The Project Management Institute’s (PMI) definition of a project is considered by many to be the official definition:
- A temporary endeavor undertaken to create a unique product, service, or result.
Two words within that definition are the key to understanding what a project is and isn’t:
- Temporary: A project has a distinct beginning and end. The muddier these boundaries are, the more potential for conflict there is among its stakeholders. Also, there are two factors that come into play in virtually every project: Time (deadlines) and money (budgets). Because of their fixed beginning and end, these two variables are by definition fixed as well.
- Unique: Theoretically, no two projects are the same. In the extreme case you might have a project that produces 100 widgets for someone and another that produces 100 widgets for that same customer. But these are separate projects because they have separate schedules. You cannot call it 100 projects because those are identical. That would be an operations (ongoing) activity.
The Project Manager
The project manager is:
- The person assigned by the performing organization to lead the team that is responsible for achieving the project objectives.
They are responsible for the success or failure of the project. They are separate from a functional manager who is in charge of a work unit, or an operations manager who is in charge of an ongoing “program.” Although the project manager may report to either of these types of managers, their responsibility ends at the boundaries of the project.
The project manager normally reports to a person called a project sponsor. This person is not responsible for the day to day activities of the project, but is often tasked with some of the responsibility for the project’s success or failure. They are often responsible for the project’s funding, as well as approving project changes such as to the deadlines or budgets. They are often the person that accepts the project’s deliverables.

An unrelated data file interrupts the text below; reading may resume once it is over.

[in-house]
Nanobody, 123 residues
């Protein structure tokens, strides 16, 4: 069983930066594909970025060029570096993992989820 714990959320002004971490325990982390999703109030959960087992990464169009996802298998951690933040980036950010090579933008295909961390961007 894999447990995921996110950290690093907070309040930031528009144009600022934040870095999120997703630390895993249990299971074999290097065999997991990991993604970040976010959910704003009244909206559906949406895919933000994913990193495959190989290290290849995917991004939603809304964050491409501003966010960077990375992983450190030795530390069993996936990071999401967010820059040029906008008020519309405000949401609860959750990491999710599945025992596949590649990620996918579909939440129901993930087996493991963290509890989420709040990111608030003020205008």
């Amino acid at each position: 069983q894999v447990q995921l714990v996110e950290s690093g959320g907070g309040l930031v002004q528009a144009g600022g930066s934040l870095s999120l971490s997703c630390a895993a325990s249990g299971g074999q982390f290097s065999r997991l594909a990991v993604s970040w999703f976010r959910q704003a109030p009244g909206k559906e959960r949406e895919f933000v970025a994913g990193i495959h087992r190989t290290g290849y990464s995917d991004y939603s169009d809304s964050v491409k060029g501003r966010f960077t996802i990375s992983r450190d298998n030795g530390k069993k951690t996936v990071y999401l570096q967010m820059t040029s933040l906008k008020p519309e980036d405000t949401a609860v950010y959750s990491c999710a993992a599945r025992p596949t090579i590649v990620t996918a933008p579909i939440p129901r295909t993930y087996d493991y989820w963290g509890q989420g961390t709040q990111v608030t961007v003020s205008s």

The management of a project is defined by PMI as follows:
- The application of knowledge, skills, tools, and techniques to project activities to meet project requirements.
Project management includes the application of many skills, which include:
- Dividing the project into tasks
- Creating schedules (deadlines)
- Estimating budgets
- Determining project scope
- Communicating with stakeholders
- Acquiring the project team
- Developing and mentoring the project team
- Ensuring the availability of resources
- Ensuring high quality deliverables
- Monitoring and controlling change
Project changes are generally where the project manager earns their money. Most projects experience pressure to go over budget, miss deadlines, or experience scope creep. The ability to implement project controls to keep the project on cost and/or schedule is foundational to project management.
Project Management Plan
According to the Project Management Body of Knowledge (PMBOK), the project manager develops a project management plan, including the budget and schedule, and the project sponsor approves it. Any changes during the project are then re-approved by the project sponsor and recorded in a change log.
The project management plan contains anything of interest to the stakeholders regarding the management of the project, but includes:
- Scope statement
- Success factors
- Quality standards
- Project team needs – positions, job descriptions, etc.
- Stakeholder list